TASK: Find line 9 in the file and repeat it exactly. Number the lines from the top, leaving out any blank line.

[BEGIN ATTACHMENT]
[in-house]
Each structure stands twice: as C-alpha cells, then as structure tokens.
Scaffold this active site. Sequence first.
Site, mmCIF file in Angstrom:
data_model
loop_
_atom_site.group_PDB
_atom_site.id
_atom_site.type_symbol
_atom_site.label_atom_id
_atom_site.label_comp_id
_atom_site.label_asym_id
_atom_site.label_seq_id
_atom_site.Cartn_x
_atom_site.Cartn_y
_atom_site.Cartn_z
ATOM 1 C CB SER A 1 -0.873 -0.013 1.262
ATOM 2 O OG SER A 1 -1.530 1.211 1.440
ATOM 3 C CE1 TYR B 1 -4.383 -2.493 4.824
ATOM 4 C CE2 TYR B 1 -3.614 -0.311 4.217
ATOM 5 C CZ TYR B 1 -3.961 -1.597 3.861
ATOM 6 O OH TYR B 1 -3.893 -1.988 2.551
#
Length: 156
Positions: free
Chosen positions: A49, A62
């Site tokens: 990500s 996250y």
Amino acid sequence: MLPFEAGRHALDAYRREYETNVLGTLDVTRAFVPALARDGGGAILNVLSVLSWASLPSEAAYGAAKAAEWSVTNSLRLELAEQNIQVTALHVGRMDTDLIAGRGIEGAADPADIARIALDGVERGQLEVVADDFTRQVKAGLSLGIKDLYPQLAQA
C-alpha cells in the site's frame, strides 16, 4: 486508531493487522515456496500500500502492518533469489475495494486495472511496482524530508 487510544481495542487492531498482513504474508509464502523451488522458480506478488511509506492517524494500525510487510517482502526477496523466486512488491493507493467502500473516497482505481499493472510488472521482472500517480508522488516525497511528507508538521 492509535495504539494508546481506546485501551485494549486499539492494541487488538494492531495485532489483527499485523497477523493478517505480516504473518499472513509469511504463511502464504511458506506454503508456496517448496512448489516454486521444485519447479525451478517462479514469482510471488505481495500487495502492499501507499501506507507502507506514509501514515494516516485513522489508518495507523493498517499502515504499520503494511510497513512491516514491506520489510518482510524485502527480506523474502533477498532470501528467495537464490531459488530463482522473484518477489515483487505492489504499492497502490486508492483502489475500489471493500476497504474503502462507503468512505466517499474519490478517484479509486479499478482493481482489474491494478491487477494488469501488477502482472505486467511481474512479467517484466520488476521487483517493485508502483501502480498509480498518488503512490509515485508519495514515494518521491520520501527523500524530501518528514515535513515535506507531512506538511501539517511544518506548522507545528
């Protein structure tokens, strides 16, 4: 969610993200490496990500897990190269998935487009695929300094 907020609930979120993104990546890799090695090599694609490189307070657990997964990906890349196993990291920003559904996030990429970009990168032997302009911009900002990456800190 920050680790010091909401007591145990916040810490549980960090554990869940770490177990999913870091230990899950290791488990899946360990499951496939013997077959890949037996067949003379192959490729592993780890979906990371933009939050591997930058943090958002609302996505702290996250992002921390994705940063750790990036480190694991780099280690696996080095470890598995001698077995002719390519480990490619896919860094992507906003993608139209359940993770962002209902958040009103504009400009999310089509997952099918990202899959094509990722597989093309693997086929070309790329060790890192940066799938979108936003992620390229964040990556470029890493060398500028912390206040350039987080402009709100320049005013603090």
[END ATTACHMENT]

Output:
_atom_site.type_symbol